Status of Crested Ibises on Red List Revised after 21 Years
Tokyo, Jan. 24 (Jiji Press)--Japan's Environment Ministry on Thursday revealed its revised red list of threatened wild animals, revising the status of Japanese crested ibises from "extinct in the wild" to "critically endangered," the first improvement in 21 years.
The revision, putting the species one notch below the previous status, was made because breeding of crested ibises given by China has been successful, leading to an increase in the number of the species in the wild, ministry officials said.
The number of Japanese crested ibises, designated as a special natural monument in the nation, dramatically decreased due to overhunting since the Meiji era (1868-1912).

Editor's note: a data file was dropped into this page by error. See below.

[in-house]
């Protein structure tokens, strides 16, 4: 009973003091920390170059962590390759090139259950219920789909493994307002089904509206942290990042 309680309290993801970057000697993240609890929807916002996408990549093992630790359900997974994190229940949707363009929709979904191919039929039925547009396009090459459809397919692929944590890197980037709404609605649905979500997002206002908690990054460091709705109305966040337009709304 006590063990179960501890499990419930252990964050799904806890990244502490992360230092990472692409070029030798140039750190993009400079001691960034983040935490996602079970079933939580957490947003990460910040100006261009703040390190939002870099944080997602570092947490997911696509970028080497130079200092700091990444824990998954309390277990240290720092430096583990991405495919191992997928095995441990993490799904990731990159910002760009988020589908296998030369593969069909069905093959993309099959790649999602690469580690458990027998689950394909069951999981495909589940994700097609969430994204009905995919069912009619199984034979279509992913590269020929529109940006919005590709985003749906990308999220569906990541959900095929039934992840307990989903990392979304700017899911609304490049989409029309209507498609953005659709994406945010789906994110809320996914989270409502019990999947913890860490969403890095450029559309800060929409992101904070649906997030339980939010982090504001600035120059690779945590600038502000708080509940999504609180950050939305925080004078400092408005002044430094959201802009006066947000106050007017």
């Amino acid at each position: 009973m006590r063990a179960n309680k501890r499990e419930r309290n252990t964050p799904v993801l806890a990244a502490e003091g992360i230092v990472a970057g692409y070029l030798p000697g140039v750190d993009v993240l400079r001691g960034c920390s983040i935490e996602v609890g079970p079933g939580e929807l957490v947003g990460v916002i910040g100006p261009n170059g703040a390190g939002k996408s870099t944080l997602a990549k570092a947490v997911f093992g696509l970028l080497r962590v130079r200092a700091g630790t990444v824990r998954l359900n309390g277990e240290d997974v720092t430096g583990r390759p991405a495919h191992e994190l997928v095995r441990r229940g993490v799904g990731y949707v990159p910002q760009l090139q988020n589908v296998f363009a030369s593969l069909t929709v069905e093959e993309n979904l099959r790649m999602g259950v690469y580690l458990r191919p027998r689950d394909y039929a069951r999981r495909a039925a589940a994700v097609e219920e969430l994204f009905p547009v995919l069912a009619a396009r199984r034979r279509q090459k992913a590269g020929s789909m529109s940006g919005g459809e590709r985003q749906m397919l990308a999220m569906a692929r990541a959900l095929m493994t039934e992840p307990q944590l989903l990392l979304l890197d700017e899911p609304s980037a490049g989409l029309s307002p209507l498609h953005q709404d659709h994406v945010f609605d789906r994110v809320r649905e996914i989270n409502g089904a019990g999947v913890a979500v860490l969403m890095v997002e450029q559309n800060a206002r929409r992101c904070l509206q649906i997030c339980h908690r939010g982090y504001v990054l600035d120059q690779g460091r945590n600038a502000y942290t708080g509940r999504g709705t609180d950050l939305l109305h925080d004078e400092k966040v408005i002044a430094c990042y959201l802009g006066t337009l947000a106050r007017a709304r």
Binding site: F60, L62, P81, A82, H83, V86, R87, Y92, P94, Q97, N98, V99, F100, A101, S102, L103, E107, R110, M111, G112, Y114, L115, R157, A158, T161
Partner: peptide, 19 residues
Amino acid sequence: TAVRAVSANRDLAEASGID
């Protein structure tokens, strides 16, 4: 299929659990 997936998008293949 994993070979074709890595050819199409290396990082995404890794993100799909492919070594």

The last five wild Japanese created ibises were caught and taken into captivity in 1981, and the Japanese-born species became extinct when the last wild crested ibis, named Kin, died in 2003.
Given the situation, the ministry started a project to breed crested ibises that were offered from China and release them into the wild, with a view to reintroducing the species in the ecosystem.
[Copyright The Jiji Press, Ltd.]